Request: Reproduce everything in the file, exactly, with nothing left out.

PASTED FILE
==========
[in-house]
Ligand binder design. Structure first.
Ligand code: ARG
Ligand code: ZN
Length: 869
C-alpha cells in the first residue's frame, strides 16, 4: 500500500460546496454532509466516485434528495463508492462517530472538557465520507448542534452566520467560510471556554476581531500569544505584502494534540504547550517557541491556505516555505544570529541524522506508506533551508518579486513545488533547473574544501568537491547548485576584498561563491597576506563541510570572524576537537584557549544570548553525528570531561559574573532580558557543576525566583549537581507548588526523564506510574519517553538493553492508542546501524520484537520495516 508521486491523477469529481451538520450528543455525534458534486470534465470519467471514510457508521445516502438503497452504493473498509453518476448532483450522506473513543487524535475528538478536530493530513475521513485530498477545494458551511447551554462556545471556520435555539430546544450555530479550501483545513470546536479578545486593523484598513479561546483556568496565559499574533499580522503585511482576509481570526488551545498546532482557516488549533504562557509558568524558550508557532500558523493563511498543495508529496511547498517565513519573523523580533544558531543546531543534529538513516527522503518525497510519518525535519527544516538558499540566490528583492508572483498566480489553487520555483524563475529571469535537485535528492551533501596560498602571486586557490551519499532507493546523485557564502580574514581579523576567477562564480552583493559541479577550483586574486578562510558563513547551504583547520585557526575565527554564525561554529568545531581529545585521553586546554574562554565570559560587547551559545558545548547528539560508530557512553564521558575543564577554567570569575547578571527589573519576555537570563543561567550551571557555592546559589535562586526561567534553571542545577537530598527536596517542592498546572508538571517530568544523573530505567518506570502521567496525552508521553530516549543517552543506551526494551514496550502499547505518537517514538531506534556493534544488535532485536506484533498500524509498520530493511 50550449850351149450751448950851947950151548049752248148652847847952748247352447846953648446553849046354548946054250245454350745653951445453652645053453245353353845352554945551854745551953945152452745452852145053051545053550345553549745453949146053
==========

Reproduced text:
[in-house]
Ligand binder design. Structure first.
Ligand code: ARG
Ligand code: ZN
Length: 869
C-alpha cells in the first residue's frame, strides 16, 4: 500500500460546496454532509466516485434528495463508492462517530472538557465520507448542534452566520467560510471556554476581531500569544505584502494534540504547550517557541491556505516555505544570529541524522506508506533551508518579486513545488533547473574544501568537491547548485576584498561563491597576506563541510570572524576537537584557549544570548553525528570531561559574573532580558557543576525566583549537581507548588526523564506510574519517553538493553492508542546501524520484537520495516 508521486491523477469529481451538520450528543455525534458534486470534465470519467471514510457508521445516502438503497452504493473498509453518476448532483450522506473513543487524535475528538478536530493530513475521513485530498477545494458551511447551554462556545471556520435555539430546544450555530479550501483545513470546536479578545486593523484598513479561546483556568496565559499574533499580522503585511482576509481570526488551545498546532482557516488549533504562557509558568524558550508557532500558523493563511498543495508529496511547498517565513519573523523580533544558531543546531543534529538513516527522503518525497510519518525535519527544516538558499540566490528583492508572483498566480489553487520555483524563475529571469535537485535528492551533501596560498602571486586557490551519499532507493546523485557564502580574514581579523576567477562564480552583493559541479577550483586574486578562510558563513547551504583547520585557526575565527554564525561554529568545531581529545585521553586546554574562554565570559560587547551559545558545548547528539560508530557512553564521558575543564577554567570569575547578571527589573519576555537570563543561567550551571557555592546559589535562586526561567534553571542545577537530598527536596517542592498546572508538571517530568544523573530505567518506570502521567496525552508521553530516549543517552543506551526494551514496550502499547505518537517514538531506534556493534544488535532485536506484533498500524509498520530493511 50550449850351149450751448950851947950151548049752248148652847847952748247352447846953648446553849046354548946054250245454350745653951445453652645053453245353353845352554945551854745551953945152452745452852145053051545053550345553549745453949146053